- Plant outside: When the seedlings have developed their true set of leaves (not the first set appearing but the second set) they can be transplanted out into your garden. Space them 15-30cm apart depending on the variety. If you have problems with slugs, keep them in your Harvst a little longer. A bigger plant can resist a slug attack much better! When planting outside it is best to make sure that your soil is great before planting by adding well rotten manure or other organic material so that it’s full of nutrients for your plants. When transplanting seedlings, ideally plant out early morning or evening and/or on an overcast day. Avoid planting at peak sun times or on windy days as this can cause sun or windburn which can lead to death!
- Container Grown: Lettuce grow well outside in a container but try to choose one that is at least 15cm wide and tall. As lettuce is heat-sensitive, move containers into the shade on warm days and keep in mind that containers will warm quicker than garden soil in spring and that lettuce absolutely must have constant moisture in the soil. Also, keep in mind that the compost will only have enough nutrients for a few weeks so you will have to feed the plants with an organic fertiliser throughout the growing season.
Lettuce leaves can be harvested as soon as they are big enough to eat and it is up to you if you like the small baby leaves or prefer the larger ones. However, very large leaves can be bitter so harvest sooner rather than later. For loose-leaf varieties, cut the outer leaves and leave the inner leaves to remain and develop. If you are growing Cos or head varieties you should wait till it has formed a firm head and then cut it just above the soil level. In any case, keep an eye out for any signs of bolting and make sure you harvest before that. For the best flavour try to harvest when you need it and eat straight away. Also try to harvest in the cool part of the day so that it does not wilt straight away!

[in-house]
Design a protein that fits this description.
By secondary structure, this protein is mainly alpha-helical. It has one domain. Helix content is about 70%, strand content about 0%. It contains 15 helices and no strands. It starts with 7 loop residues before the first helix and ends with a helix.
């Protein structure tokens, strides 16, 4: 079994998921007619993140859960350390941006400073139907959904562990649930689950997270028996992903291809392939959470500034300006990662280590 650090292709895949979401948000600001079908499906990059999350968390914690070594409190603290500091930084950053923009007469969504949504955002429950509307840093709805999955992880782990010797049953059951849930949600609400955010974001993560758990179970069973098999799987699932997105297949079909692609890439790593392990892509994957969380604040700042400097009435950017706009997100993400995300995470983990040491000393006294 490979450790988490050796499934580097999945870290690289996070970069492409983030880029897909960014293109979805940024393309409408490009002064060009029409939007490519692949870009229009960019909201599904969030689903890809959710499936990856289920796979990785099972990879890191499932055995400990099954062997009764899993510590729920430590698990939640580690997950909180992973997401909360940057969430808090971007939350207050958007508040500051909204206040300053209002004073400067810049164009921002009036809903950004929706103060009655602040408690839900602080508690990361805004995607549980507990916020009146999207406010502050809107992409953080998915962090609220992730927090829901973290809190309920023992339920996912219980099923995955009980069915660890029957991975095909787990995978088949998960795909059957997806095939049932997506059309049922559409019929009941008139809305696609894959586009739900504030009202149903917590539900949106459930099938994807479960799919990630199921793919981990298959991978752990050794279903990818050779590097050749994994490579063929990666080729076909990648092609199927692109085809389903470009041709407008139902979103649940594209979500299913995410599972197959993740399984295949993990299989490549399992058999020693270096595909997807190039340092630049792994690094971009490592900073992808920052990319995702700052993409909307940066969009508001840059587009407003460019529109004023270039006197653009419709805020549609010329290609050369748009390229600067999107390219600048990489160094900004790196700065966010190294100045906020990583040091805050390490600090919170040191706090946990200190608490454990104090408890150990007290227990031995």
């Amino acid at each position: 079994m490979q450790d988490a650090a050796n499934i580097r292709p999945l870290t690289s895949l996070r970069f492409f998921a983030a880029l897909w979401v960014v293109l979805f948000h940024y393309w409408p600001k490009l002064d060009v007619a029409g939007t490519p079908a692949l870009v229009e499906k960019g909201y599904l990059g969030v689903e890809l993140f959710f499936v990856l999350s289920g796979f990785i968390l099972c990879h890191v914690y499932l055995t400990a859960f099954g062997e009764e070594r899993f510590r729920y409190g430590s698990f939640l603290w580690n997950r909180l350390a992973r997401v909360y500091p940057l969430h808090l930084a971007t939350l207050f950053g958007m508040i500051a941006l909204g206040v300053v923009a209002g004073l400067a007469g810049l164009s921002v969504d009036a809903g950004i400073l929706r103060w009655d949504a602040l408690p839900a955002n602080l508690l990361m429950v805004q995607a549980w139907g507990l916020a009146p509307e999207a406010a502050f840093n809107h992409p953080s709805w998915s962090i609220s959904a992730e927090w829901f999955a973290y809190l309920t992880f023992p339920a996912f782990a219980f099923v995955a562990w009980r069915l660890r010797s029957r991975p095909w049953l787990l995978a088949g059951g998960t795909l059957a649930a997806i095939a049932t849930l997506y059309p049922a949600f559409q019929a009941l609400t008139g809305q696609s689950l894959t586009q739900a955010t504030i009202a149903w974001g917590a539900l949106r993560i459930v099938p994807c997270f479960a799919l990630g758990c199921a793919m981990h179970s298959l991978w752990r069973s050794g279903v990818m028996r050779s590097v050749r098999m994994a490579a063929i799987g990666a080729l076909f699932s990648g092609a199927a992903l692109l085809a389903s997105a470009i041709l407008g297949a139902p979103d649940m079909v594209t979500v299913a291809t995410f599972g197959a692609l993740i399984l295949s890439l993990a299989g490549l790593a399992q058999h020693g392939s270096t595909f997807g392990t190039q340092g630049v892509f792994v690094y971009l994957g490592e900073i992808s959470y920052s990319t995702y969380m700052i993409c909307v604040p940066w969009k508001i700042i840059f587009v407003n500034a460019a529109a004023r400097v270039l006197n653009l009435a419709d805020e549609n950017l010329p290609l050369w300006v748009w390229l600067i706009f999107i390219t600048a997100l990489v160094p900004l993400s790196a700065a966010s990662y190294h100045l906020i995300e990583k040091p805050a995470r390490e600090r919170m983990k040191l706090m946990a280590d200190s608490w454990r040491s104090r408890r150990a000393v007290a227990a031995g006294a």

There are many little creatures that love lettuce, but slugs and snails tend to be the biggest problem. If you have a slug and snail problem your Sprout should assist you in keeping them away. Grow them till maturity in the Harvst Sprout and keep any seedlings to be planted out in the greenhouse till they are a little bit bigger as they can withstand an attack better. Lettuce can also be attacked by aphids, flea beetles and leafminers. Aphids are best treated by showering the plants. Flea beetles can be kept at bay by netting and keeping the soil moist at all times. Leaf miners tunnel through leaves and those should simply be removed. Also, look for the eggs on the underside of the leaves!
Use a shade cloth to protect lettuce from hot weather, or move any pots to the shade. If your lettuce leaves have a slightly bitter taste, place them in the fridge for two days or soak them in water with a tiny amount of baking soda for 10min. Rinse them carefully and soak again in water for 10min.
Lettuce botanical name is Lactuca sativa and belongs to the Asteraceae family. Other plants in the same family are surprisingly – daisies, sunflowers, chrysanthemums, asters, dandelions, goldenrod, coneflowers, thistles, artichokes, sunflowers dahlias, marigolds, zinnias, asters, chamomile, chicory, sage, tarragon, ragweed, thistle, sagebrush, and yarrow.
Here are some great varieties but there are many more fantastic varieties to choose from!
- Loose-Leaf: ‘Red Salad Bowl’ and ‘Green Salad bowl’ takes around 45 days to harvest and has beautifully frilled leaves
- Butterhead: ‘All year round’ is a reliable variety forming medium heads with solid crisp hearts.
- Romaine or Cos: ‘Parris Island Cos’ is a very big, sweet and crunchy Cos lettuce that takes around 75 days.
- Crisphead or iceberg: ‘Webbs Wonderful’ has large, wrinkled leaves with a crisp and white heart. It is slow to bolt, and performs reliably.